May 1, 2006
Unanswered Questions in Boston
FRIDAY MORNING UPDATE: Greater Media has just announced that it's out
of the running for the Red Sox rights in 2007. "The deal
didnt make economic sense for the company," says Greater
Media president/CEO Peter Smyth. Read on for more insight on
the factors behind the deal (or lack thereof), and we'll have
much more in Monday's column.
*We're back from Las Vegas and the big National
Association of Broadcasters convention (about which we'll have
more to say later in the column), and we return to the Northeast
to find a bunch of unanswered questions that are still making
headlines in eastern MASSACHUSETTS, much to our continued
The biggest, of
course, is the issue of Red Sox radio rights for next year. We
take a bit of pride hereabouts in being the last media outlet
of any sort that still hasn't confidently declared that a Sox
deal is "just about to be announced," or "all
sealed up," or what have you. When it happens, we'll tell
you, and in the meantime, here are a few reasons why we still
believe (as of Sunday night, April 30, as we go to press with
this week's column) that the deal could still tip either way.
- For the Sox, it's all about the money. The present
Sox management has demonstrated repeatedly that it puts money
above sentiment. (Just ask the Yankees' center fielder.) The
years of tradition that have built up between the team and Entercom's
WEEI (which hasn't quite had the games "forever," as
the Herald's Inside Track claimed a few days ago) don't
mean much in that context. Neither does whatever publicity Greater
Media might be able to give the Sox as the central content of
a new sports-focused WBOS, if that were to happen. The Sox know
their fans will tune in regardless of where the team shows up
on the dial, just as they'll sell out Fenway no matter who's
on the field. This is about cashing in on the 2004 World Series
win, plain and simple.
- For the radio groups, it's about the money, too - sort
of. If you assume, as we do, that the Sox have a (very high)
number in mind for their next radio deal, then the delay in reaching
a deal has to mean that none of the would-be Sox flagships has
been willing to meet that number. That's not especially surprising.
All three of the companies that have been rumored as players
- Greater Media, Entercom and, to a lesser extent, CBS Radio
- keep a very close eye on the bottom line. They're not going
to spend crazy money on an unprofitable deal just for the privilege
of being the Red Sox flagship. (And while we're not privy to
anyone's internal numbers, it's a pretty good bet that most of
the expensive baseball deals being made these days aren't, in
themselves, profitable for the stations involved.)
- WEEI may not need the Sox at all. Conventional wisdom
says that the city's biggest sports talker needs to keep the
region's biggest sports franchise on its airwaves. As good as
the Sox have been to WEEI in the last few years, though, there's
at least some evidence to suggest that
the station's brand is now strong enough to survive even without
being the home of Sox play-by-play. With no major winter pro
franchise on its airwaves, WEEI's ratings have remained exceptionally
strong for the last few years during the Sox' off-season. Entercom
execs are probably looking south to Rhode Island's WEEI-FM, as
well, where the absence (until this year) of Sox baseball hasn't
kept the station from doing well. There's no Red Sox on WVEI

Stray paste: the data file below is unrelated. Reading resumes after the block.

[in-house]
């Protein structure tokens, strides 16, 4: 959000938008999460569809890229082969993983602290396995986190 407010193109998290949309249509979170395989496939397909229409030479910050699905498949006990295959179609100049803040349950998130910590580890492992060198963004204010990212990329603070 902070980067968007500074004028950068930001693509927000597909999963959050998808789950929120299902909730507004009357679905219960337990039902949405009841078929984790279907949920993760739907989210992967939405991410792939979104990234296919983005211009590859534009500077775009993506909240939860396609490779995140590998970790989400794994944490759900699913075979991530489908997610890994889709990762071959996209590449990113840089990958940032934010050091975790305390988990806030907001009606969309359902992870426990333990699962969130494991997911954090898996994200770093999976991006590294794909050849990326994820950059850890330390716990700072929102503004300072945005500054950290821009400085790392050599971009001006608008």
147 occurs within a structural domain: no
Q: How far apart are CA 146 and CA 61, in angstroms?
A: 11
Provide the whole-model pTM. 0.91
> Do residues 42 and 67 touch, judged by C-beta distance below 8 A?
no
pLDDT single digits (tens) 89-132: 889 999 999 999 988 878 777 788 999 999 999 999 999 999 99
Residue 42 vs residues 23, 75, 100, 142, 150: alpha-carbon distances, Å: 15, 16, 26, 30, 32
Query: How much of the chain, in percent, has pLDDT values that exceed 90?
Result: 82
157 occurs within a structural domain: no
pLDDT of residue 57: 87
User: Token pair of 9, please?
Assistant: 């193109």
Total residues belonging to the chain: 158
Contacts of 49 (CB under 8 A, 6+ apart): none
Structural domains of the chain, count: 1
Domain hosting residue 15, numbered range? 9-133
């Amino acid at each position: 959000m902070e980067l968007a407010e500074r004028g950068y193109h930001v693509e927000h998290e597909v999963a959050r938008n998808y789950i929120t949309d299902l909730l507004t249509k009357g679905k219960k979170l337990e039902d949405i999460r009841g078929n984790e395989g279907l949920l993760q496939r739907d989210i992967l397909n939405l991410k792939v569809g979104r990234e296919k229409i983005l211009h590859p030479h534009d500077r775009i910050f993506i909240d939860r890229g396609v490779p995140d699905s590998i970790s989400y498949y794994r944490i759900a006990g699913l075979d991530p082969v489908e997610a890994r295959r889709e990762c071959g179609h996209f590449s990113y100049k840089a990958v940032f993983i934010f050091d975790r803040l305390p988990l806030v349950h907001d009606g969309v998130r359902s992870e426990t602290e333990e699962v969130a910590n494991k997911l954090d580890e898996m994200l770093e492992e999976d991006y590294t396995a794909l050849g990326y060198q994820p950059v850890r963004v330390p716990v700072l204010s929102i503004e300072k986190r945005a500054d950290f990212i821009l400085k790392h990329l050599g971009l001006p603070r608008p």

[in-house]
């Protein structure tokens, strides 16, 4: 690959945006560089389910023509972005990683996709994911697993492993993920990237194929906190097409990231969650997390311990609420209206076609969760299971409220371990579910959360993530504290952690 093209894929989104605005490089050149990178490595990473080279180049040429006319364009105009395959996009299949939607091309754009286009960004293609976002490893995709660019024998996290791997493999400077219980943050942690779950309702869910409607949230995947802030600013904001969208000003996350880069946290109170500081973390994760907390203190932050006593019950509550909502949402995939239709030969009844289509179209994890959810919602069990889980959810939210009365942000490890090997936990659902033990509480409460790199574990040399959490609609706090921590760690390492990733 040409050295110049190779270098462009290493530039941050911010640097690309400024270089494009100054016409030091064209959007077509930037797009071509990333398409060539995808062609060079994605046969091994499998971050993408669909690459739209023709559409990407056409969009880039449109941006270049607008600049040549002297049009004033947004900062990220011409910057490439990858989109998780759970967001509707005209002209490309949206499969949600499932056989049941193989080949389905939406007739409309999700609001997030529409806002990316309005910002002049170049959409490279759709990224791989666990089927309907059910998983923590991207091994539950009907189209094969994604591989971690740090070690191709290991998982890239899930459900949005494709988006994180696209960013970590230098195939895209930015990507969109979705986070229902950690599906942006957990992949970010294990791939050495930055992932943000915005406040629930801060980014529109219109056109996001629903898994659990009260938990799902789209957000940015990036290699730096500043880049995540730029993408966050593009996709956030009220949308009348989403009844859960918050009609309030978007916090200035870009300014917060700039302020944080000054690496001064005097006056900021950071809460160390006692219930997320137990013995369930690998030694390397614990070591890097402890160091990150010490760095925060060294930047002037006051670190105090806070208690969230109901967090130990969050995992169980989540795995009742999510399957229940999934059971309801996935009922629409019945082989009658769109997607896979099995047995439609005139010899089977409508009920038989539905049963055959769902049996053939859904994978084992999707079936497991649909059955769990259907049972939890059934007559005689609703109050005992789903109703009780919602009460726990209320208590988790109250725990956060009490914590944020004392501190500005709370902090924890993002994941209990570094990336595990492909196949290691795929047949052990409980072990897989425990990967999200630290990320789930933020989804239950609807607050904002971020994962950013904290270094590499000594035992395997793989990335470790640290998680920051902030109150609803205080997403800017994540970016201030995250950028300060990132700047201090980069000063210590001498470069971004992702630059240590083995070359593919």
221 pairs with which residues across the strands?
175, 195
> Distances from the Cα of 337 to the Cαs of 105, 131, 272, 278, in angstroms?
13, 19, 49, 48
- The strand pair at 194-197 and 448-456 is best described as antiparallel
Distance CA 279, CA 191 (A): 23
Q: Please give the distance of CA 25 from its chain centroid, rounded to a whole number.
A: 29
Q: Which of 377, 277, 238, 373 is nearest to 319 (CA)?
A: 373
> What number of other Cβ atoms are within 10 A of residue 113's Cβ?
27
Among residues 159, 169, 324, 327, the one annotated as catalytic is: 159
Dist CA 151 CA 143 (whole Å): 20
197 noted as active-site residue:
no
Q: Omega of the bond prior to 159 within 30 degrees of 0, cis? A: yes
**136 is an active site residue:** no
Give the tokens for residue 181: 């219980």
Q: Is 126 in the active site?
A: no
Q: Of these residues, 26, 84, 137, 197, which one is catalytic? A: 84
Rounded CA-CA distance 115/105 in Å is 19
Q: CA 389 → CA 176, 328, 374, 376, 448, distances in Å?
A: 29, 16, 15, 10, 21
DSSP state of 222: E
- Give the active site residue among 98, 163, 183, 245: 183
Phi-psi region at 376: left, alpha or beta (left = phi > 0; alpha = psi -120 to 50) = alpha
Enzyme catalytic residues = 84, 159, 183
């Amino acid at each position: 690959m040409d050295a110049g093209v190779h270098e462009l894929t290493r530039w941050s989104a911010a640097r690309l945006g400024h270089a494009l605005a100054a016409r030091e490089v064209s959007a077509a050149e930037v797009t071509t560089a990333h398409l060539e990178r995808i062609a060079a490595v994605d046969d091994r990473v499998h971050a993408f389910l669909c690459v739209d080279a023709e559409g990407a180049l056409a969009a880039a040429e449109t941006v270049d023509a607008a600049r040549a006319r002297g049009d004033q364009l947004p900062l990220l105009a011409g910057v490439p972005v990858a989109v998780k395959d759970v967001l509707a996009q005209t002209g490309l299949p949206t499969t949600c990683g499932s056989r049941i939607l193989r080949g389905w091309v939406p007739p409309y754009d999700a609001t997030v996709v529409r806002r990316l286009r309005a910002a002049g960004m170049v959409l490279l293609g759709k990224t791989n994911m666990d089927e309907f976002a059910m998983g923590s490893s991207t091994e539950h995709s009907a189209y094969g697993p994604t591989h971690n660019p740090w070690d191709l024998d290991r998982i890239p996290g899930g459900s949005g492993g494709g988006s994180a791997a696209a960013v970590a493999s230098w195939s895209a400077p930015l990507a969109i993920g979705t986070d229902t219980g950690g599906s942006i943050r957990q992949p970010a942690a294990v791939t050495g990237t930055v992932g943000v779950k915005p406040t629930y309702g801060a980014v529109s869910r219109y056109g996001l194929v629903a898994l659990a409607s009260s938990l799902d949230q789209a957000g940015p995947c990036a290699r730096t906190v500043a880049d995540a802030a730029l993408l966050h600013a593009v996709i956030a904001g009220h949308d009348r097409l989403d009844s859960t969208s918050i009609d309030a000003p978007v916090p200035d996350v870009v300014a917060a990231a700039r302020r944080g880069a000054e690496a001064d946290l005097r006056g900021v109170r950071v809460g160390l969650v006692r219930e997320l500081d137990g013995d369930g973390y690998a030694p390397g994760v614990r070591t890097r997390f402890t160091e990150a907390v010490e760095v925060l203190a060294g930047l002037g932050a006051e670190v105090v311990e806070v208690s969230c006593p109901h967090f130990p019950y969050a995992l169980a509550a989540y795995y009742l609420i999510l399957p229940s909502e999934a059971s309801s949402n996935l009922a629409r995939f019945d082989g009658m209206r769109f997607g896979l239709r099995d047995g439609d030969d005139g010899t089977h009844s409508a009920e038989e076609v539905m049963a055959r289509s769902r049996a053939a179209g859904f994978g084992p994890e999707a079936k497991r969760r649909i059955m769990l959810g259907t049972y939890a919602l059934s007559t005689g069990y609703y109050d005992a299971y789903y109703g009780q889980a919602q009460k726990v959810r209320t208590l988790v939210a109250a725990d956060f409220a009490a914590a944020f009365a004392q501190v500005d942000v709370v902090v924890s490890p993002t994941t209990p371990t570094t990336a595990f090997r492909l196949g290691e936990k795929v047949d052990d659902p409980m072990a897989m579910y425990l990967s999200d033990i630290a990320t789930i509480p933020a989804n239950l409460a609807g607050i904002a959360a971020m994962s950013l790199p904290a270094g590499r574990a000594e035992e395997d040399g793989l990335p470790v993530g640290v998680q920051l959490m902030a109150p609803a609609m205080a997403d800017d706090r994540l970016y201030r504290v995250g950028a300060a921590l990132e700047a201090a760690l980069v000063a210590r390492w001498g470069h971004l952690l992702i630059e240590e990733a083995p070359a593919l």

in Worcester, and there won't be any Sox on the new WVEI-FM in
Springfield, either. And if the Sox do end up taking an
ownership interest in WBOS as a new flagship, WEEI has a ready-made
position as the "independent voice" of the Sox fan.
- Greater Media has other issues to solve. While the
rumored WBOS deal, in which the Sox would take an equity interest
in the station, solves one big problem for Greater Media - meeting
the team's demands without spending precious cash - it still
leaves the company with many questions to answer, most of them
related to the other big unanswered question, the still-unconsummated
acquisition of WCRB.
Selling a piece of WBOS doesn't get Greater out from the ownership-cap
issues it will face by attempting to add a sixth FM - so the
company would still be looking to sell another signal (presumably
not WBOS) outright, probably while shuffling several other
formats and frequencies in the process, and while trying to launch
a new FM sports format on WBOS. That's a lot for any company
to tackle in just a few months - especially knowing that the
competition won't just be sitting back and watching idly.
- Two sports FMs in the Hub? It could happen, and for
the model, we look to New Orleans, where Entercom's giant news-talker
WWL (870) faces an impending threat from Clear Channel, which
will soon flip rocker WRNO (99.5) to news-talk. Entercom's attempt
to fend off that competition was to flip one of its FMs in the
market to become news-talk as WWL-FM. Would Entercom try the
same tactic in Boston to steal the thunder from an all-sports
WBOS? The likeliest scenario would move WAAF's rock to the 93.7
signal now occupied by adult hits "Mike," which would
then give WEEI the huge signal at 107.3 that would more than
fill the holes in the existing network of WEEI signals. (As another
bonus, it could free up 1440 in Worcester to help fill the coverage
gaps Entercom talker WRKO experiences west of Boston.) Furthermore
- and yes, we're deep into speculation territory now - all that
sports and talk on FM (don't forget about Greater's WTKK and
CBS Radio's increasingly talk-heavy WBCN) could well take a toll
on overall AM listening in the market, which would be bad news
for WRKO and WBZ.
- Bad news for "ESPN Boston," too. While the
upstart sports signal (WAMG 890 Dedham/WLLH 1400 Lowell) has
made some early dents in the ratings, the launch of an FM sports
signal in the Hub would not augur well for the other "other
sports station." There's ample evidence that there's not
room in the market for three sports stations (just look at poor
WWZN up there at 1510, still awaiting a buyer to put it out of
its misery), and the rumor mill is already awash with reports